A fuel pump may supply adequate pressure at an idle and still cause problems under a load. This is because the engine uses much more fuel when accelerating. Volume is how much fuel we deliver in a specific period. For example, consider a fuel pump that produces one-pint of flow per minute. If the fuel injectors require one-half pint of fuel per minute at an idle, the pump can supply this. The additional one-half pint of flow shows as pressure in the system. At 3,500 RPM, the engine may require one-pint flow per minute. Pressure drops to zero because we use all fuel supplied by the pump.
We measure fuel volume with a graduated container, suitable for gasoline. Obviously we must be careful when working with gasoline in an open container. With our gauge setup as in checking pressure at an engine idle, we depress the volume test button on the fuel pressure gauge. We allow fuel to flow into the container for 15 seconds. Most fuel pumps will produce at least one-pint of flow in this time. During the test, fuel pressure should not drop.
If fuel pressure drops during the test, or we collect less than one pint of fuel, volume is insufficient. We can block off the fuel system, as in the dead head test and check again with the engine off. Adequate volume with the system blocked suggest leakage in the system, such as a bad fuel pressure regulator. Volume that remains low means a restricted filter, line or a bad fuel pump. We can replace the fuel filter and repeat the test or with the proper adaptors check volume at the filter inlet.
The electrical factors
When we turn on the ignition switch, the PCM energizes the fuel pump for only a few seconds. When the engine does not start, the computer turns the fuel pump off. To test fuel pressure without the engine running, we need an alternative means, to power the fuel pump.
The technician uses a wiring diagram to learn how to supply voltage without the engine running. Even more handy are relay bypass devises that fit in the place of the standard relay. We flip the switch and it bypasses the relay for us. These are very handy for testing.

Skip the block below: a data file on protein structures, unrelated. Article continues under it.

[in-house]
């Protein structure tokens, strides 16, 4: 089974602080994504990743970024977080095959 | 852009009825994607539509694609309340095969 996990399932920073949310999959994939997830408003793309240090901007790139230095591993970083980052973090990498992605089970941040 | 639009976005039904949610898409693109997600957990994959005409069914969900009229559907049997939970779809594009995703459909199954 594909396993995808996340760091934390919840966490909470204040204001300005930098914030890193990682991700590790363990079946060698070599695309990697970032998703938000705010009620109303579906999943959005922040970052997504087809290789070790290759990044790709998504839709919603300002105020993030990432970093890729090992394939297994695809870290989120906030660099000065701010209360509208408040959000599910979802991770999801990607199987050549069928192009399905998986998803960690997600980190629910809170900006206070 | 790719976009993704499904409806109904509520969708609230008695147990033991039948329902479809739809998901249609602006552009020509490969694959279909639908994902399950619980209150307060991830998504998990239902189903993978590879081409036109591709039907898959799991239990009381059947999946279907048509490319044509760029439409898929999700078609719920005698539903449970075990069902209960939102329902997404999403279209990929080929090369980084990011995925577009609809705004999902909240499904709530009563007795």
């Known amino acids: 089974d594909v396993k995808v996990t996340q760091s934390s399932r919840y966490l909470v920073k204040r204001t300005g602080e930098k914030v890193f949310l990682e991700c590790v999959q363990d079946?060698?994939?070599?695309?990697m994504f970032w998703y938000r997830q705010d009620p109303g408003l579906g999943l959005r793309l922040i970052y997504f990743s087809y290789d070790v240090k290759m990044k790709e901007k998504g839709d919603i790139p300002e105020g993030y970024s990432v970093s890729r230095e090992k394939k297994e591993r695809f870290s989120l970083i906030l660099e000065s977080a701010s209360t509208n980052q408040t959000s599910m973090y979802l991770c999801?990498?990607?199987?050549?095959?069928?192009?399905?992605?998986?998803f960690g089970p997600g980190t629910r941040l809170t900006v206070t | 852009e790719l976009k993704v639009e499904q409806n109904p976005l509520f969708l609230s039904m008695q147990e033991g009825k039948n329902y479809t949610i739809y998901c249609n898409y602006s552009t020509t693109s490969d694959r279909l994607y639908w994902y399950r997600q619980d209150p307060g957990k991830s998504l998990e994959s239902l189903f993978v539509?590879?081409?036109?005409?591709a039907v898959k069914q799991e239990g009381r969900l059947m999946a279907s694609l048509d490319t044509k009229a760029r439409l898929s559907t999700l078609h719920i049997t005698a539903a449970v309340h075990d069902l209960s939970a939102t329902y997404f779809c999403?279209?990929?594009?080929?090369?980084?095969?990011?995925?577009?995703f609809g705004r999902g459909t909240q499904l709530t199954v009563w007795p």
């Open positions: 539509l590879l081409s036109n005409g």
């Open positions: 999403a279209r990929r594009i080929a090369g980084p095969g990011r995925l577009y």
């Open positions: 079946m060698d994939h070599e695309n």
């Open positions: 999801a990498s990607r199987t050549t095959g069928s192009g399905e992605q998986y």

Before we condemn a fuel pump that has a low volume, we should check the voltage available to the pump. Checking the amperage that a pump requires, gives us even more information. We check voltage by back-probing the fuel pump connector. Checking between the power lead and the ground, we should have 12.5 volts. Lower voltage causes the fuel pump to run slower and it will produce less pressure.
We can check fuel pump amperage with an ammeter in series with the power supply. This is easiest at the fuel-pump relay socket. We remove the relay and use an ammeter to jump across the terminals. Usually, a fuel pump draws about one amp for every 10 pounds of fuel pressure. Excessive amperage shows a bad fuel pump.
Residual pressure and hard starting
For the engine to start, gasoline must be available at the fuel injectors. We turn the ignition off and the fuel pump stops running. With no fuel pressure, gravity causes the fuel to run back to the fuel tank. This leaves no fuel available to start the engine. When we turn the ignition on, the pump runs for a few seconds. This is not sufficient to fill the lines and build pressure.
To prevent hard starting, a check valve in the fuel pump closes and keeps fuel in the lines. When we turn the ignition on, the fuel pump can quickly raise pressure and the engine starts. A leading cause of hard starting is fuel pressure that bleeds down too quickly. Residual-pressure should remain in the system after we turn the ignition off. With a fuel pressure gauge, we can measure the loss of fuel pressure.
To test residual pressure, we start the vehicle and note the fuel pressure as in the idle pressure test. Switching the ignition off will cause fuel pressure to drop slightly. The pressure should remain at this point and not return to zero. Fuel pressure that drops quickly shows a leak in the residual pressure system.
Leaking injectors, a bad fuel pressure regulator or a bad fuel pump may all cause the pressure to drop. With on/off adapters we can isolate the components. First we close the valve between the gauge and the fuel rail inlet (b), as with the dead head test. We turn the ignition on to build pressure and then switch the ignition off. Should the fuel pressure continue to drop, it shows a leaking check valve in the fuel pump.
Closing the valve to the fuel line (a) and opening the valve to the fuel rail (b), allows us to check the injectors for bleed-down. We may run this test if pressure does not drop with the previous check.
By thoroughly testing fuel pressure and volume we can solve many difficult running problems. Sometimes having these tests run by a professional is more cost-effective. In either case, an understanding of fuel pressure and volume gives great insight into fuel system maladies.